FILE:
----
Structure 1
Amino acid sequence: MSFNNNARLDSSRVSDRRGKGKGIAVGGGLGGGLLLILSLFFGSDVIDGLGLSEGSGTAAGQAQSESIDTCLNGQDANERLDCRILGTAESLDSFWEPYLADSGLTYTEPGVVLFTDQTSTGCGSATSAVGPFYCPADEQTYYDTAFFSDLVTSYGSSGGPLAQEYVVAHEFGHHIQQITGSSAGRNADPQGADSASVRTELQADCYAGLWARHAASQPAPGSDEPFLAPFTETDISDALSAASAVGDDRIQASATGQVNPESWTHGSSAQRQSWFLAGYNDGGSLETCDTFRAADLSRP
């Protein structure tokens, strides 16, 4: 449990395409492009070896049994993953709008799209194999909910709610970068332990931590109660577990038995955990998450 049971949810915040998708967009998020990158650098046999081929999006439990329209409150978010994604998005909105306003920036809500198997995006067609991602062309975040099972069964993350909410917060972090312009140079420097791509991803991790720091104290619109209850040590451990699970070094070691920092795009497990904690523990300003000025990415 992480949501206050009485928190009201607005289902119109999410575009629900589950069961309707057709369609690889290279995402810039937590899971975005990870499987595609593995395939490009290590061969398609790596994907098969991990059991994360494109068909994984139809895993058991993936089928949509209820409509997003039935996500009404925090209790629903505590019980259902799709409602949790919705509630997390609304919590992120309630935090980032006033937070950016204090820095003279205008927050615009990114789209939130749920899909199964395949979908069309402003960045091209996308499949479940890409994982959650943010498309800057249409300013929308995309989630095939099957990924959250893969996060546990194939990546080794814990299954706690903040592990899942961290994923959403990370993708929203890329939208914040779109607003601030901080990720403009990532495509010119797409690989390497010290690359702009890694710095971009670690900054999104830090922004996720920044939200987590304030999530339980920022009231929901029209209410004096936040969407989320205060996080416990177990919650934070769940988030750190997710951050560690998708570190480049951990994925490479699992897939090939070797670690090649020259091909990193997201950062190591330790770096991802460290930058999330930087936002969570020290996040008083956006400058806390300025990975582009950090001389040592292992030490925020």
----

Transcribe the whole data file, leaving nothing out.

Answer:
Structure 1
Amino acid sequence: MSFNNNARLDSSRVSDRRGKGKGIAVGGGLGGGLLLILSLFFGSDVIDGLGLSEGSGTAAGQAQSESIDTCLNGQDANERLDCRILGTAESLDSFWEPYLADSGLTYTEPGVVLFTDQTSTGCGSATSAVGPFYCPADEQTYYDTAFFSDLVTSYGSSGGPLAQEYVVAHEFGHHIQQITGSSAGRNADPQGADSASVRTELQADCYAGLWARHAASQPAPGSDEPFLAPFTETDISDALSAASAVGDDRIQASATGQVNPESWTHGSSAQRQSWFLAGYNDGGSLETCDTFRAADLSRP
């Protein structure tokens, strides 16, 4: 449990395409492009070896049994993953709008799209194999909910709610970068332990931590109660577990038995955990998450 049971949810915040998708967009998020990158650098046999081929999006439990329209409150978010994604998005909105306003920036809500198997995006067609991602062309975040099972069964993350909410917060972090312009140079420097791509991803991790720091104290619109209850040590451990699970070094070691920092795009497990904690523990300003000025990415 992480949501206050009485928190009201607005289902119109999410575009629900589950069961309707057709369609690889290279995402810039937590899971975005990870499987595609593995395939490009290590061969398609790596994907098969991990059991994360494109068909994984139809895993058991993936089928949509209820409509997003039935996500009404925090209790629903505590019980259902799709409602949790919705509630997390609304919590992120309630935090980032006033937070950016204090820095003279205008927050615009990114789209939130749920899909199964395949979908069309402003960045091209996308499949479940890409994982959650943010498309800057249409300013929308995309989630095939099957990924959250893969996060546990194939990546080794814990299954706690903040592990899942961290994923959403990370993708929203890329939208914040779109607003601030901080990720403009990532495509010119797409690989390497010290690359702009890694710095971009670690900054999104830090922004996720920044939200987590304030999530339980920022009231929901029209209410004096936040969407989320205060996080416990177990919650934070769940988030750190997710951050560690998708570190480049951990994925490479699992897939090939070797670690090649020259091909990193997201950062190591330790770096991802460290930058999330930087936002969570020290996040008083956006400058806390300025990975582009950090001389040592292992030490925020």